Seeds for a new unconventional natural gas crop are being sown in Australia after repeal last year of a hydraulic fracturing moratorium opened up a fertile geological field in the southern continent’s counterpart to Alaska, the Northern Territory (NT).
Falcon Oil & Gas Ltd. and Origin Energy have hired a rig contractor and set a target date of June to start horizontal drilling and fracturing two wells in an estimated US$46 million resource appraisal campaign.
As a prospecting firm incorporated in British Columbia (BC), with Alberta industry veterans on its board and an operations headquarters in Ireland, Falcon is an international pioneer on a fossil fuel frontier the size of Texas.
Origin, an Australian fuel and power conglomerate, is expanding a supply and marketing network that includes operating coalbed methane production for an international liquefied natural gas (LNG) exporter, Australia Pacific LNG.
After a public inquiry, the NT last year lifted a fracturing moratorium from the majority (51%) of its 520,764 square miles, giving industry a fresh hunting ground as big as 261,232-square-mile Texas.
Falcon and Origin hold 4.6 million acres of NT gas prospects described as liquids-rich in a largely untapped interior region known as the Beetaloo Basin. Early estimates by Australian earth science agencies rate the territory’s gas potential at 244 Tcf, led by 169 Tcf in the Beetaloo.
The drilling program responds to favorable legislative and regulatory changes enacted to enable activity approvals. While devising plans for an Australian version of the Alberta Energy Regulator and the BC Oil and Gas Commission, the NT government has assigned authority over field operations to its environment and natural resources ministry.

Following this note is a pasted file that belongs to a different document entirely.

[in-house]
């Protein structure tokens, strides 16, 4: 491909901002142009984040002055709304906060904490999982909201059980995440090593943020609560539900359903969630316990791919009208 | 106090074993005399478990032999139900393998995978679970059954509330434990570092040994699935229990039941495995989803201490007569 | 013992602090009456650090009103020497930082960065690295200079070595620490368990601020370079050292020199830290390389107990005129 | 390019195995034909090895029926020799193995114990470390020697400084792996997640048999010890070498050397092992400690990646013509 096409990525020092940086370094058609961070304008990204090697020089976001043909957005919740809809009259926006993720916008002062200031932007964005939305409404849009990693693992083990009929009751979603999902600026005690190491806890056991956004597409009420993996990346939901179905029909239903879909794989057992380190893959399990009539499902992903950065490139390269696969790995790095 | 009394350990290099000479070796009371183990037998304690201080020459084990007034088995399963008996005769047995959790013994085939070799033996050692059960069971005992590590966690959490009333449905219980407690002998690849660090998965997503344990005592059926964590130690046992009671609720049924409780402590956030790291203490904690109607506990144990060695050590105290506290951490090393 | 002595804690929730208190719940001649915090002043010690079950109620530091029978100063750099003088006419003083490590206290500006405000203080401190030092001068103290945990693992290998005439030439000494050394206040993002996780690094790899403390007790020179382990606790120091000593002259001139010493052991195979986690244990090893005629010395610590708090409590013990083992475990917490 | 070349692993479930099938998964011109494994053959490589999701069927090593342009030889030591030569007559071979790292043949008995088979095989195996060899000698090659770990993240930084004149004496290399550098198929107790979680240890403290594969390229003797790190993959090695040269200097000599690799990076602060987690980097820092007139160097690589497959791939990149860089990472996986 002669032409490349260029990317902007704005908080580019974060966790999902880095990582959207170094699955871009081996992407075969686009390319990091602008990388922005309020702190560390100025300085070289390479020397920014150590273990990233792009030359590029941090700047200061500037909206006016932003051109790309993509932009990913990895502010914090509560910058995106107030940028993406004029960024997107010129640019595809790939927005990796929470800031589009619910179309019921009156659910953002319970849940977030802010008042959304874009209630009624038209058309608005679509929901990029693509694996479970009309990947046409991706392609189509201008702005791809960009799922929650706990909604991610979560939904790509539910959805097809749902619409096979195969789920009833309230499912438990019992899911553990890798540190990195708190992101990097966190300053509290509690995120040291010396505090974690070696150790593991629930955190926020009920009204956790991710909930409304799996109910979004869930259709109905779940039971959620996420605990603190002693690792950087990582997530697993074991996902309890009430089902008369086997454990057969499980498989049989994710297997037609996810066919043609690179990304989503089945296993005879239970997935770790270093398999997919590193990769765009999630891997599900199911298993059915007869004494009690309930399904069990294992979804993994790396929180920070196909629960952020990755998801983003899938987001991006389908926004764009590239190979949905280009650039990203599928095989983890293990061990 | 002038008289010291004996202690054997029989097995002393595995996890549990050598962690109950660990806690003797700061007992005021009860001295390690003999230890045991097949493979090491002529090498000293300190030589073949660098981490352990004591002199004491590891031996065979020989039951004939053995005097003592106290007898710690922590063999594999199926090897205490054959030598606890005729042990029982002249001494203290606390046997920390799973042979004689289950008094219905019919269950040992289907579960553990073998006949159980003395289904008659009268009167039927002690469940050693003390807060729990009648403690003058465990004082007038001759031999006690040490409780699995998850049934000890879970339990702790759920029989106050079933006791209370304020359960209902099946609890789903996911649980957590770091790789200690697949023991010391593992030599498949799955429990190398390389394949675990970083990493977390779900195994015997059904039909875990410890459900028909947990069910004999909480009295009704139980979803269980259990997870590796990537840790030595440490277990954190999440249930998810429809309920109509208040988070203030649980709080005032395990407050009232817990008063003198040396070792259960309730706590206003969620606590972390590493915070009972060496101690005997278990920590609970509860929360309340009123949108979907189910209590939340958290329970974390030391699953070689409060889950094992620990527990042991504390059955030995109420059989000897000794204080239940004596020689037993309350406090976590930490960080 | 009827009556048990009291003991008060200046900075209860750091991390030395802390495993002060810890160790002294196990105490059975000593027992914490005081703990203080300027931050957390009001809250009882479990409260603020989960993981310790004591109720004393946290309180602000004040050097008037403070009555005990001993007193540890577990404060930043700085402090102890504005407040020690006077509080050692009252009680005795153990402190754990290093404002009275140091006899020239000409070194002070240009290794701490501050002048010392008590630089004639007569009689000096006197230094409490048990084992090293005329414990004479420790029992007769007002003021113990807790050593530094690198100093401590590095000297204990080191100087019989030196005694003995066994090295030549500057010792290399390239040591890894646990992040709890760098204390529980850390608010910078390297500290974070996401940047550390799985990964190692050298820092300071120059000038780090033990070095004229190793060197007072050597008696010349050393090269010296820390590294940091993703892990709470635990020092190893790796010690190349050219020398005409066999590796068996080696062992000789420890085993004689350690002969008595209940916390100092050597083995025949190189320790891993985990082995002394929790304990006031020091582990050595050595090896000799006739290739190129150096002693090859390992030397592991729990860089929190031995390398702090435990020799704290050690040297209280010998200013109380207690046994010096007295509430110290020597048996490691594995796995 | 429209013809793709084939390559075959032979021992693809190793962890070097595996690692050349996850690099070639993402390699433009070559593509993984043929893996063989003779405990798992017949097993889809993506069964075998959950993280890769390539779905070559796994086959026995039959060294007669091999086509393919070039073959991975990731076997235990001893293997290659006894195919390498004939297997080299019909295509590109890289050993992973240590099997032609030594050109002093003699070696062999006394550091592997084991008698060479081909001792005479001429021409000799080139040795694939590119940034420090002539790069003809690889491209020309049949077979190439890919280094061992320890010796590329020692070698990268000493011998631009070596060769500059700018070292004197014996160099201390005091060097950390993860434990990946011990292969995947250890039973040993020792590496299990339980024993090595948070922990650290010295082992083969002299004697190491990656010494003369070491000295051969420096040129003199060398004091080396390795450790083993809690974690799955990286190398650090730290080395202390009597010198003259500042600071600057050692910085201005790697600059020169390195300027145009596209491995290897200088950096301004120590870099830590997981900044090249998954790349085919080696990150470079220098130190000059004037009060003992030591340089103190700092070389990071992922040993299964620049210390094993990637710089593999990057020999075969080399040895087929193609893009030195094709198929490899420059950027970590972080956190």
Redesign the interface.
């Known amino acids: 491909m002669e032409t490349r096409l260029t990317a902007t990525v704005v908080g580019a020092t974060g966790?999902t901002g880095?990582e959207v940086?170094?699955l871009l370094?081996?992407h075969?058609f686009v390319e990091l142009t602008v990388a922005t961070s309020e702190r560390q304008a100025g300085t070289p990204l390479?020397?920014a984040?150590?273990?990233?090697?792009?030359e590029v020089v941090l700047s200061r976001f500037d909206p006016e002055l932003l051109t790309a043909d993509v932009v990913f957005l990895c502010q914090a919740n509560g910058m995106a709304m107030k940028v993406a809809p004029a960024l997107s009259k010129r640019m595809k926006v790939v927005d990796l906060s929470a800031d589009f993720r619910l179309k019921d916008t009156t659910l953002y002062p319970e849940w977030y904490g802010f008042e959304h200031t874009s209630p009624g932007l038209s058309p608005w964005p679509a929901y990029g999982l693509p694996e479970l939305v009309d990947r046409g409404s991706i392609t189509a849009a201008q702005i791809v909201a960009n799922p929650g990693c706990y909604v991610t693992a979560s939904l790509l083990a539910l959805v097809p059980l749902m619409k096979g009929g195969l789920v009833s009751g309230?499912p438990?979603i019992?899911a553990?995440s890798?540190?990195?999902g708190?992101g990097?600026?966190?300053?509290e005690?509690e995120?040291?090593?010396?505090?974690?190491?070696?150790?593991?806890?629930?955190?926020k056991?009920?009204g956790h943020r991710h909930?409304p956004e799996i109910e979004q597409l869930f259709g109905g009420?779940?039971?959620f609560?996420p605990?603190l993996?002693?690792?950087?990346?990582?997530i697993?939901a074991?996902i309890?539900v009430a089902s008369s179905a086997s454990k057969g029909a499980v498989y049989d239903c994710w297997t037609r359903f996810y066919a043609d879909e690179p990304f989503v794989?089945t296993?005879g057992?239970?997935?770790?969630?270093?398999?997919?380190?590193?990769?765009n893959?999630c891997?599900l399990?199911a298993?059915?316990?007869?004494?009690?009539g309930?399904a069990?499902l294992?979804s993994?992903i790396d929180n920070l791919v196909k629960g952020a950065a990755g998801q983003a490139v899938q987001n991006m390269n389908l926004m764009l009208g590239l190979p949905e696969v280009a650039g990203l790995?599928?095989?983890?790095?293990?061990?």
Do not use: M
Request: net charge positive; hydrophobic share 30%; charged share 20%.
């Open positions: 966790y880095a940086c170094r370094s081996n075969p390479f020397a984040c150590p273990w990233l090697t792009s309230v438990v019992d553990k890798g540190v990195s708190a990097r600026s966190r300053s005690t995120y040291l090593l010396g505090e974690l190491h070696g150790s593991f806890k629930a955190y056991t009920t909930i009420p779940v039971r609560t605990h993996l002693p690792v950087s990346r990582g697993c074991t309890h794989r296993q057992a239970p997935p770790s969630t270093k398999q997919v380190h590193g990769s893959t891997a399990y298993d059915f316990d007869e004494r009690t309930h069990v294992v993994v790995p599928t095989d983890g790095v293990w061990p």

The NT has an industry-friendly record under its current Labor government, as well as its previous Country Liberal Party regime. A 622-kilometer (373-mile) gas pipeline was completed in December for US$570 million. In October, US$37-billion Ichthys LNG began exporting more than 1 Bcf/d of offshore production from Darwin on the NT’s Pacific coast.
In announcing repeal of the territorial fracturing moratorium last year NT Chief Minister Michael Gunner predicted that, as in Western Canada, responsible policing of industry would make shale production safe and bearable in Australia.
“We promised to be a government that restores trust, listens to the community and creates jobs,” said Gunner. “We promised an independent, scientific inquiry after which we would either ban fracturing or allow it in highly regulated circumstances in tightly prescribed areas. We have kept our promise.
“We have accepted the key finding” of the inquiry report, he said, “that if all the recommendations are implemented, the risk from fracturing can be reduced to an acceptable level.”
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